This blog is going to be a bit of travelogue, apologies for people who want a blog about pedagogy, this won’t be it.
I’ve just come back from Berlin, the second time this year, and maybe the fifth time in the last four. And again it hasn’t failed to amaze me. I’ve been to Rome, I’ve been to Paris, but neither compare to the wealth of, often very raw, history at your finger tips in Berlin.
You want baroque, there’s a shed load (despite the British attempts to bomb it), you want Nazis, done, you want Communists, easy. Berlin is essentially a microcosm of European history of the last two centuries and a brilliant microcosm at that.
With school over the last three years I’ve done the museums and the major tourist sights to death (although having said that the DDR Museum and Topography of Terror never fail to amaze me). So during half term my partner and I decided to do something a little different and set out to cycle the Mauer Weg, a cycle path that follows the route of the Berlin Wall, all 160 kilometers of it. In three days we covered 110km of it and in those three days cycled through such an immense swath of history I was slightly dumbfounded on occasions.
On the first day we detoured off the Mauer Weg for 500 yards and visited the Treptower Park Soviet Memorial. In the rain we were virtually the only people amongst the biggest war memorial I have ever seen, genuinely it’s huge. At one end is the statue you see to the left, a 12 metre high behemoth of a Soviet soldier bringing down his sword on the swastika. Wow.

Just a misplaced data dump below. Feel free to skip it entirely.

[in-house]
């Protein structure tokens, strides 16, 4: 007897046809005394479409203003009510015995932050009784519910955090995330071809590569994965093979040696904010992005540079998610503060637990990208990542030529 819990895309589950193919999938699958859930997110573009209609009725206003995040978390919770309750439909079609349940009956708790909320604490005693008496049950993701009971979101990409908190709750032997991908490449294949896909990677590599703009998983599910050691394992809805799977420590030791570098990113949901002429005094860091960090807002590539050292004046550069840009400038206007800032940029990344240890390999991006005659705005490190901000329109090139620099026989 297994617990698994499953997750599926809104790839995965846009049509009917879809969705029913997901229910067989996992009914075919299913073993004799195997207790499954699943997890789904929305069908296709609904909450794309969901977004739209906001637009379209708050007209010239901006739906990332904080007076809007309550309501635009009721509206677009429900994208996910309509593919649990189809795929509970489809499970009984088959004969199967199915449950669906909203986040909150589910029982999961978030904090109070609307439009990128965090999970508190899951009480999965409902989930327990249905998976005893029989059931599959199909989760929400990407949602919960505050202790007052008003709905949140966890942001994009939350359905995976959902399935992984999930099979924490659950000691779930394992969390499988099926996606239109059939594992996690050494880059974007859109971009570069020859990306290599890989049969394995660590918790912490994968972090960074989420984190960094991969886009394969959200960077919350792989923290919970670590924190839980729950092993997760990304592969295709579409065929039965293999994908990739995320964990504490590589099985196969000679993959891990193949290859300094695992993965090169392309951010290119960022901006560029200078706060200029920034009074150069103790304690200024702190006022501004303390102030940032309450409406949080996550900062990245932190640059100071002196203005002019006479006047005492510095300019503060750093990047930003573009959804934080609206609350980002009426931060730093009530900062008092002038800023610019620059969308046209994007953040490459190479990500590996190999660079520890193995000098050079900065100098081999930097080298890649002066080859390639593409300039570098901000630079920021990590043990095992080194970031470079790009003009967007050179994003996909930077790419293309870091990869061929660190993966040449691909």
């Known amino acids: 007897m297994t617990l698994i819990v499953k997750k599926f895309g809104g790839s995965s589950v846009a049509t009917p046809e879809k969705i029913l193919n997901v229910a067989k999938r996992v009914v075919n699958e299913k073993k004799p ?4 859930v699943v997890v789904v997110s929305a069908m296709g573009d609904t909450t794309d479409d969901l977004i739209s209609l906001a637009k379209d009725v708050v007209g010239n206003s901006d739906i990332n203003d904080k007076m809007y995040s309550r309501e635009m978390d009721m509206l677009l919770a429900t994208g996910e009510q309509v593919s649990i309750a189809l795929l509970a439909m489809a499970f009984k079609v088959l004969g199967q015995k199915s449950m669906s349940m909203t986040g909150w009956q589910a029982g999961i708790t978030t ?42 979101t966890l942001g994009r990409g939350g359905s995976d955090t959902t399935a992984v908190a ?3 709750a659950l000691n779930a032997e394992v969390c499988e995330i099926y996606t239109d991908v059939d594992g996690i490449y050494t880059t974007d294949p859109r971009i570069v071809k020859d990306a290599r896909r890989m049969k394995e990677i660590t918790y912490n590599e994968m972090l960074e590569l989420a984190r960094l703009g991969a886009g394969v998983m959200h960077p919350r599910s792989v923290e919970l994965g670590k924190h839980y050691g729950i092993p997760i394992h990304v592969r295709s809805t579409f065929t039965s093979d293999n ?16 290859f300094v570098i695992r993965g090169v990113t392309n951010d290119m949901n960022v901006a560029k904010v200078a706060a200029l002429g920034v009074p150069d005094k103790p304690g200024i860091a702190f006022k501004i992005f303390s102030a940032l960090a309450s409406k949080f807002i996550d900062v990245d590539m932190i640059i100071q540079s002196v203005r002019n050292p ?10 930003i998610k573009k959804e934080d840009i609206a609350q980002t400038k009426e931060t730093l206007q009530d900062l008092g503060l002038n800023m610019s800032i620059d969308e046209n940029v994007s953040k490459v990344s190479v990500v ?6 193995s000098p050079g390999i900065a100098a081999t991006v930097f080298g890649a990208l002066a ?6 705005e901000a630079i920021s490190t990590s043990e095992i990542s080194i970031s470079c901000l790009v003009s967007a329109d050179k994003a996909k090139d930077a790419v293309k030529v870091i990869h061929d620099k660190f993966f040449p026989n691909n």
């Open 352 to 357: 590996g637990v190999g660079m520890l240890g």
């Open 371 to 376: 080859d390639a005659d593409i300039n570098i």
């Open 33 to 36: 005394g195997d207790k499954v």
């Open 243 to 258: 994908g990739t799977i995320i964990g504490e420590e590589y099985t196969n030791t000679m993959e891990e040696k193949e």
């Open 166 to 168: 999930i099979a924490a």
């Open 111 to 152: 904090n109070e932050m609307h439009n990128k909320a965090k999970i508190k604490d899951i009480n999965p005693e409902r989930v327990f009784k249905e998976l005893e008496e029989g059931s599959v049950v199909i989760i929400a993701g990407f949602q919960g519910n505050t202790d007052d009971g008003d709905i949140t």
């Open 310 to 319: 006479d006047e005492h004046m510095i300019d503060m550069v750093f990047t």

The next day we continued the wall stopping at the plethora of ace detailed information panels that explain exactly what happened at the sight you are standing on. Most are where people were killed. Some are crossing points. It’s quite incredible and really does highlight the horror that took place from 1961 to 1989.
The third day our route took us from Potsdam, through Wannsee and beyond. In the space of about two hours we cycled past Stalin’s villa, Truman’s villa and Churchill’s villa at Potsdam and the mansion where the Wannsee Conference took place. So essentially we saw the places where some of the most significant decisions of the twentieth century occurred.
Genuinely if you are a history teacher and have never been to Berlin, go! It’s jam packed with the most amazing sights, it’s cheap and has hardly any tourists compared to Paris or Rome. It easily gets my vote for the best historical tourist site in Europe.
If you agree or disagree please argue with me below!